By Natanya Rutstein

I recently undertook a literature review for a client to investigate best practice and the latest trends in establishing a corporate university (CU). The client has embarked on the process of building their own CU as a strategic instrument to harness the collective intelligence within the organisation and ensure that they remain competitive in today’s rapidly changing economic and technological landscape. I would like to share some of these trends with you in this post.

Gone are the days where the primary focus of a CU was to standardise organisational practices, embed cultural norms and ensure the availability of specific technical and functional expertise. The CU has transformed into a strategic lever used to drive strategic change and capability within the organisation by closely aligning organisational strategy with learning and development strategic direction. The commitment of the organisation to continuous learning and development of employees through the establishment of a CU is also an excellent tool which can be used to attract and retain the best talent and facilitate their ongoing development.

The CU has evolved from being the preserve of management and executive leaders, developing leadership capability, to a much wider audience which includes all employees. Many organisations are also extending their audience to include customers and suppliers in order to improve value chain efficiency and dynamics.

What did become very obvious to me is that there is no ONE BEST MODEL to adopt when planning your CU. The structure and selected functions of the individual CU will differ from one organisation to another and is largely dependent on the organisations strategic objectives and the purpose(s) for which the CU has been established.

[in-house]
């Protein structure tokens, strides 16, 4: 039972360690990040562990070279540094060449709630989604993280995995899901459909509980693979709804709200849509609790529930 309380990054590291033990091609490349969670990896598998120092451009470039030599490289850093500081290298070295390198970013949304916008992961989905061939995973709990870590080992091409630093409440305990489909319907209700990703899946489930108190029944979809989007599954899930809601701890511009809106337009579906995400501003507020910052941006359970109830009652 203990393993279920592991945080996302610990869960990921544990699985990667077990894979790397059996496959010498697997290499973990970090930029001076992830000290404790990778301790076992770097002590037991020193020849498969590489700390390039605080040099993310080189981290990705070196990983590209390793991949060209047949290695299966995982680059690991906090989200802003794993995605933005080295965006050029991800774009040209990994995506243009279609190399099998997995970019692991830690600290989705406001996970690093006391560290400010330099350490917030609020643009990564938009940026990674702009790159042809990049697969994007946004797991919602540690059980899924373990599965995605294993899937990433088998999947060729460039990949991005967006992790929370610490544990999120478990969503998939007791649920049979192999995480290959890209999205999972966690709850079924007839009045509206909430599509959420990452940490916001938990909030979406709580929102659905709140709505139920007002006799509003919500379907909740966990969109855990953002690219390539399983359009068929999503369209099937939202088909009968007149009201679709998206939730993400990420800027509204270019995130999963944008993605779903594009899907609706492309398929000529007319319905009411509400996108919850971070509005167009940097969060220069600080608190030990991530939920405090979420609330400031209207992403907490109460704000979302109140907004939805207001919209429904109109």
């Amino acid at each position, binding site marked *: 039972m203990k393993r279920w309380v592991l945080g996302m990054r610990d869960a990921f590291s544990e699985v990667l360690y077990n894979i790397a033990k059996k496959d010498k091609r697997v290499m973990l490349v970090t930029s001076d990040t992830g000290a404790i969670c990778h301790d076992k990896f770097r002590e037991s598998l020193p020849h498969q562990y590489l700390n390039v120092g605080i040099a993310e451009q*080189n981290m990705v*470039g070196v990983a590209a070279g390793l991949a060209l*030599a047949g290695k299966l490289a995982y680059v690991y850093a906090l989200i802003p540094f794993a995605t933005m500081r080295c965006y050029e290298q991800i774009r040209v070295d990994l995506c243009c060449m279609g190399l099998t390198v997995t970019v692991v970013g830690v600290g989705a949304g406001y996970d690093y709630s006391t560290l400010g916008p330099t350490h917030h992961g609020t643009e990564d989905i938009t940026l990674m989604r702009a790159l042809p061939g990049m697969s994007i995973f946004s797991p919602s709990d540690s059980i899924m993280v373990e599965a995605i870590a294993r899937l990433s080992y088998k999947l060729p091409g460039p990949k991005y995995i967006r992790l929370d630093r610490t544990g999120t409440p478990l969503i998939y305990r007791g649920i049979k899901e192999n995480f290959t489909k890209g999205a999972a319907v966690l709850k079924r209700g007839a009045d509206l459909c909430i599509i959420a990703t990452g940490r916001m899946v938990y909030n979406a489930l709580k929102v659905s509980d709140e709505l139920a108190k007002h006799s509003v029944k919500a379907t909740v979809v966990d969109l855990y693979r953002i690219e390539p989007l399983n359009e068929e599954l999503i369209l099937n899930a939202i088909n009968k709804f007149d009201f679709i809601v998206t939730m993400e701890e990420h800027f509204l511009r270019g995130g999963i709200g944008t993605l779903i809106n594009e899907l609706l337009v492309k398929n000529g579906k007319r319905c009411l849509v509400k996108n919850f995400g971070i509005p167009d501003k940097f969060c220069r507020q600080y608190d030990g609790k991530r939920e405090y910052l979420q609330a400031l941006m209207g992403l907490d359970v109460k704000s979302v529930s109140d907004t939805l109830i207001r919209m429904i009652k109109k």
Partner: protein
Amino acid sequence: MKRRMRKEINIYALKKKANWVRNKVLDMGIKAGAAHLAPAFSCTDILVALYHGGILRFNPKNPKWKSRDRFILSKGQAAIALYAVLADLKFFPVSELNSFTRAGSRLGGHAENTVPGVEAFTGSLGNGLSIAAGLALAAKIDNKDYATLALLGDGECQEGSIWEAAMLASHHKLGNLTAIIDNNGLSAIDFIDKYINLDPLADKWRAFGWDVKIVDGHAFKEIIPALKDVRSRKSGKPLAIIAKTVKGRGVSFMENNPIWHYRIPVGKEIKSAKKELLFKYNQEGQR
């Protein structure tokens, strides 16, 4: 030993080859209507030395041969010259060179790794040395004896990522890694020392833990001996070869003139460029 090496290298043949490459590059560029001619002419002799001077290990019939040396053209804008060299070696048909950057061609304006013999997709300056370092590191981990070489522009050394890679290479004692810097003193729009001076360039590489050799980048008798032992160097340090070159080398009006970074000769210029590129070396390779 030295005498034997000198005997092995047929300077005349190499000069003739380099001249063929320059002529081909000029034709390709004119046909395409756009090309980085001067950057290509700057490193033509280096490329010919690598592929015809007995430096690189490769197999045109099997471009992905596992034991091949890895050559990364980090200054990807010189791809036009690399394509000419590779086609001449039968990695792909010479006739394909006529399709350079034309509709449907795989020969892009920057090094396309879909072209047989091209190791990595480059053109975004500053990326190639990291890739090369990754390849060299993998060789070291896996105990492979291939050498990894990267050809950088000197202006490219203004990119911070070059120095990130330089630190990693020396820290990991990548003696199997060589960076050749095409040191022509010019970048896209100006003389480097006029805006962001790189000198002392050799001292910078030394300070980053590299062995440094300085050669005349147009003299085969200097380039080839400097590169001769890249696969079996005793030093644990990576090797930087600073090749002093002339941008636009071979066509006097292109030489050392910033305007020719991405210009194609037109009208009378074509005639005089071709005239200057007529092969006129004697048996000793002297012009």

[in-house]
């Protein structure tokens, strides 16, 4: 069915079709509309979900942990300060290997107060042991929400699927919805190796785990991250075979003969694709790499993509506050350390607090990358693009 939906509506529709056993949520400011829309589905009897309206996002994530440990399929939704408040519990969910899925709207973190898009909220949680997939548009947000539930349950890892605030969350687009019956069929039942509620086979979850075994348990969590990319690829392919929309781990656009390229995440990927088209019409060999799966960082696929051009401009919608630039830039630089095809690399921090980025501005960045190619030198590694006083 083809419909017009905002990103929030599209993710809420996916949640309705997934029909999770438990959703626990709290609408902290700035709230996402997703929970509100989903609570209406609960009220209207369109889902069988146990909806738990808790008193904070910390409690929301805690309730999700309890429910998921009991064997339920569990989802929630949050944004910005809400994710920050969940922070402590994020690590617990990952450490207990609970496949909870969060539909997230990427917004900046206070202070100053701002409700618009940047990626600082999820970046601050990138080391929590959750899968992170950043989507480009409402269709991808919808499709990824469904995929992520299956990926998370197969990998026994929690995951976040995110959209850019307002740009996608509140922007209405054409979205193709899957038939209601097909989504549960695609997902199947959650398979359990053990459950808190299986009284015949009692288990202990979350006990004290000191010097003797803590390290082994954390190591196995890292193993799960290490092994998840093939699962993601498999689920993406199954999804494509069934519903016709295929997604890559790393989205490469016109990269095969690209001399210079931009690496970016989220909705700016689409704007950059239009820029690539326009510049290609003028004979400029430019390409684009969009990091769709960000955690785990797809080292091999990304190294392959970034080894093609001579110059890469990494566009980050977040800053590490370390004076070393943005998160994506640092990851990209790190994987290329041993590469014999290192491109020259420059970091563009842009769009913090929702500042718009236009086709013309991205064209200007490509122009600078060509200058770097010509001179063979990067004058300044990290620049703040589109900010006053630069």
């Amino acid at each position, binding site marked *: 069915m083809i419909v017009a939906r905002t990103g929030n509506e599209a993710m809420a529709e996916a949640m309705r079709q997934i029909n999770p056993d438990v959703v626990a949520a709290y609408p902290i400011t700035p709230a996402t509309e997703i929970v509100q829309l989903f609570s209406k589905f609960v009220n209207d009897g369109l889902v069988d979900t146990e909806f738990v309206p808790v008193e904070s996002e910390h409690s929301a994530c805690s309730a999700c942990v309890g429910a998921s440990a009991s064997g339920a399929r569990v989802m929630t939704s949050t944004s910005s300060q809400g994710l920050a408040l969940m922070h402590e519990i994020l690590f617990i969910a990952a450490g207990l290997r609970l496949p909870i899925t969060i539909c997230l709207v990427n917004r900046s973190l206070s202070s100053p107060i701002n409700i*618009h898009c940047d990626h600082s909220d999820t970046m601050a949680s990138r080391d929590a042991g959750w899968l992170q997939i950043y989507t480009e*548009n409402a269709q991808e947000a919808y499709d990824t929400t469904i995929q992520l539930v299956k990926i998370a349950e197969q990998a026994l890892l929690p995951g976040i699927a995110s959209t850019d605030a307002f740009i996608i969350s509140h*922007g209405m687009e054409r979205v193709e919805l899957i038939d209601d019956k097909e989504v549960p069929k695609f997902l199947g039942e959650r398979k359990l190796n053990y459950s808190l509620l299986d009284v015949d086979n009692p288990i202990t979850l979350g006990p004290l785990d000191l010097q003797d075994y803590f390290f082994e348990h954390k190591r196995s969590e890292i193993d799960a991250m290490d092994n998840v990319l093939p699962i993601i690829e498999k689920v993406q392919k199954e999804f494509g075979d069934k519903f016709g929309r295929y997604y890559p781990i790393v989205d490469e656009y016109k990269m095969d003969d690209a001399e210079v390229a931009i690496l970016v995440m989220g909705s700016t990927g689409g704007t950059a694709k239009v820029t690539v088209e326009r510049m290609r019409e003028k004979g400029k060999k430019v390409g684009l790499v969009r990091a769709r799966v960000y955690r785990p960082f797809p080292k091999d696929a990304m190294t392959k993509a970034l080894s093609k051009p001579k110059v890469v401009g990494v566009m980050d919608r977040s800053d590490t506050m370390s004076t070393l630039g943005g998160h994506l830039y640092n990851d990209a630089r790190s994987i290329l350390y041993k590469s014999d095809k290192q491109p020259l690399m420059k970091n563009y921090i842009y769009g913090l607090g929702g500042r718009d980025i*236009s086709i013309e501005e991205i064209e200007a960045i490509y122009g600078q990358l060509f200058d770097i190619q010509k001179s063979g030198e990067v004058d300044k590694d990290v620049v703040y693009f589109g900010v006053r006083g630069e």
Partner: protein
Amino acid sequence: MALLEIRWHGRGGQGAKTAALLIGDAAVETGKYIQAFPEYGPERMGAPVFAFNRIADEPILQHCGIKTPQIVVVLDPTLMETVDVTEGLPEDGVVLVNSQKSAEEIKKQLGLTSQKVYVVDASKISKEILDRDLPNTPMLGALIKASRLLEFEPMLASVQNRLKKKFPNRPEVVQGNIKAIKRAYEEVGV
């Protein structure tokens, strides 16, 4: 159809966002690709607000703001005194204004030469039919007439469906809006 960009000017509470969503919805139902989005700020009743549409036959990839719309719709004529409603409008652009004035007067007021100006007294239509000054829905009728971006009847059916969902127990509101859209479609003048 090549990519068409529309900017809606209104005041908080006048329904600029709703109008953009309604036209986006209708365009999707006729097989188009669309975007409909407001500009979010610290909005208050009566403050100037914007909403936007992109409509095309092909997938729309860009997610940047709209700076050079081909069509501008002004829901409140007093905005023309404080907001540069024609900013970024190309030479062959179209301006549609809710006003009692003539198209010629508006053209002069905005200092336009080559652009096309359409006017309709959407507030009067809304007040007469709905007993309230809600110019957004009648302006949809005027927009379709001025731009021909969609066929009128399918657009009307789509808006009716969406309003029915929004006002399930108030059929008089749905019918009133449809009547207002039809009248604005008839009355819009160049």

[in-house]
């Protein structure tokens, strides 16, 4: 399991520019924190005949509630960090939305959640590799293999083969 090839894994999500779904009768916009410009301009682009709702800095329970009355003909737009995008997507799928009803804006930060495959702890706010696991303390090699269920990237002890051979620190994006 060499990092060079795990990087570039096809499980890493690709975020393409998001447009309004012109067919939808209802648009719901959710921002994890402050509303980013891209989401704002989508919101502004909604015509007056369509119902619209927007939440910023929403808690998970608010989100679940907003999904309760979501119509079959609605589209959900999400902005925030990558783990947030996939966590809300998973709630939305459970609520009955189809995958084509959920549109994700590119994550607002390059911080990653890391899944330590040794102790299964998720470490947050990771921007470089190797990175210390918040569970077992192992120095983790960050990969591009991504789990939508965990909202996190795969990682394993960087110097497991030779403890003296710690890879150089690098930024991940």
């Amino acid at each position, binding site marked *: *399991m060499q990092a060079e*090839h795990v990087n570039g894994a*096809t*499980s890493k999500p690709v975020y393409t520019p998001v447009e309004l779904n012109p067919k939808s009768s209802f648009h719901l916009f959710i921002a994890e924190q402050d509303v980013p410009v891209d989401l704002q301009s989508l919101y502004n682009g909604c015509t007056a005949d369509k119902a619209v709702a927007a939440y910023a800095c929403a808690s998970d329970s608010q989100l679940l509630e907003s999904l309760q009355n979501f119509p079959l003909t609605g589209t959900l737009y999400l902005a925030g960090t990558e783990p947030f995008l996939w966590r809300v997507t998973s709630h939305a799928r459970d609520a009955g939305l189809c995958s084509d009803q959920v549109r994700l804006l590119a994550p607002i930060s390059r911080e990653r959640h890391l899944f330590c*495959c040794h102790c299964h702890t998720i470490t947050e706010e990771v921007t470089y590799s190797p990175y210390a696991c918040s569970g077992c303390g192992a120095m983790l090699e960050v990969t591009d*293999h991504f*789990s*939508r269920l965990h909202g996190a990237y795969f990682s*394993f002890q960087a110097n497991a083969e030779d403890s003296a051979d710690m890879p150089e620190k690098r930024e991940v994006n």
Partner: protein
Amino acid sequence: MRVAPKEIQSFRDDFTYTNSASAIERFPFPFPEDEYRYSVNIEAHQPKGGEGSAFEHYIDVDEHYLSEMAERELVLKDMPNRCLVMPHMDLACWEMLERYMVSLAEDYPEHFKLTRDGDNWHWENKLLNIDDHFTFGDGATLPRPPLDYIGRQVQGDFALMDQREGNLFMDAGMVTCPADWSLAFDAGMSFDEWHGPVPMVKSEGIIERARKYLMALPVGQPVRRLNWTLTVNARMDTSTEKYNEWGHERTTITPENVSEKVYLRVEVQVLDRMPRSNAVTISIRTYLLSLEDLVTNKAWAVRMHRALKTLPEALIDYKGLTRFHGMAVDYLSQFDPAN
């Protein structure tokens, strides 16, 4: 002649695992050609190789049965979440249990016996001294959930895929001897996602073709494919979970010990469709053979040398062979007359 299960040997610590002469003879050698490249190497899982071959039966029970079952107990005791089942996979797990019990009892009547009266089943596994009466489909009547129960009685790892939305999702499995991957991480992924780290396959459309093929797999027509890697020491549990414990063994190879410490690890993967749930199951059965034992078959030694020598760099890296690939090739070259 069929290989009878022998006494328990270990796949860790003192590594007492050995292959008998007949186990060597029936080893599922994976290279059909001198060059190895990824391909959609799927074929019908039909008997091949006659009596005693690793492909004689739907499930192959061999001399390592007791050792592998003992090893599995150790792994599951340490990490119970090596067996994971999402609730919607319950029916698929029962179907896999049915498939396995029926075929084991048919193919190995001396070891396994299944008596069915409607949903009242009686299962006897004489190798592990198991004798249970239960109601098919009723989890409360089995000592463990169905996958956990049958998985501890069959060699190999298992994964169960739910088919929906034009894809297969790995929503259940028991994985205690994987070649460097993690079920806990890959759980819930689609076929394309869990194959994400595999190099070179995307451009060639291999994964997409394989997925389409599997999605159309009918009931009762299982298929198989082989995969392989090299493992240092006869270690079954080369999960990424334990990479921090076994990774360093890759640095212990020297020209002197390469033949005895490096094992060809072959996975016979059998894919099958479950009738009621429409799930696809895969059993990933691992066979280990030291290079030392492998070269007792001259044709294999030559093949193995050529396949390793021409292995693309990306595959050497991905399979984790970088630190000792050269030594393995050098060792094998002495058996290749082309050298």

The dominant trend is for CU’s to move towards a networked structure which is built on collaboration and partnering between all stakeholders in the CU. Due to the global nature of many organisations and the ease of communicating across borders, these networks often stretch across different continents and can be particularly useful in the increasing frequency of global mergers.  The community of networks are formed regardless of whether the CU takes on a ‘bricks and mortar’ or virtual structure. The very nature of this CU is dynamic and is constantly adapting and changing to reflect and align with the changing strategic priorities of the organisation.

In order to draw in and maintain the attention of your audience you will most definitely need to ensure that you remain ahead of the latest changes and trends in technology development and how best to employ them within your CU. Most organisations have adopted a blended approach to dispensing their learning and have recognised that there is no replacement for face-to-face instruction in certain types of training. The competencies of your Chief Learning Officer, training manager and internal experts will need to be enhanced in order to provide the required expertise in relation to curriculum development, e-learning deployment, mentoring and coaching.

There is no single successful formula when setting up your CU and the magic lies in firstly determining the purpose for which you have decided to establish your CU and to then carefully selecting the right mix of elements which accurately reflect your organisational strategy and budget and which will ultimately satisfy the needs of your audience.


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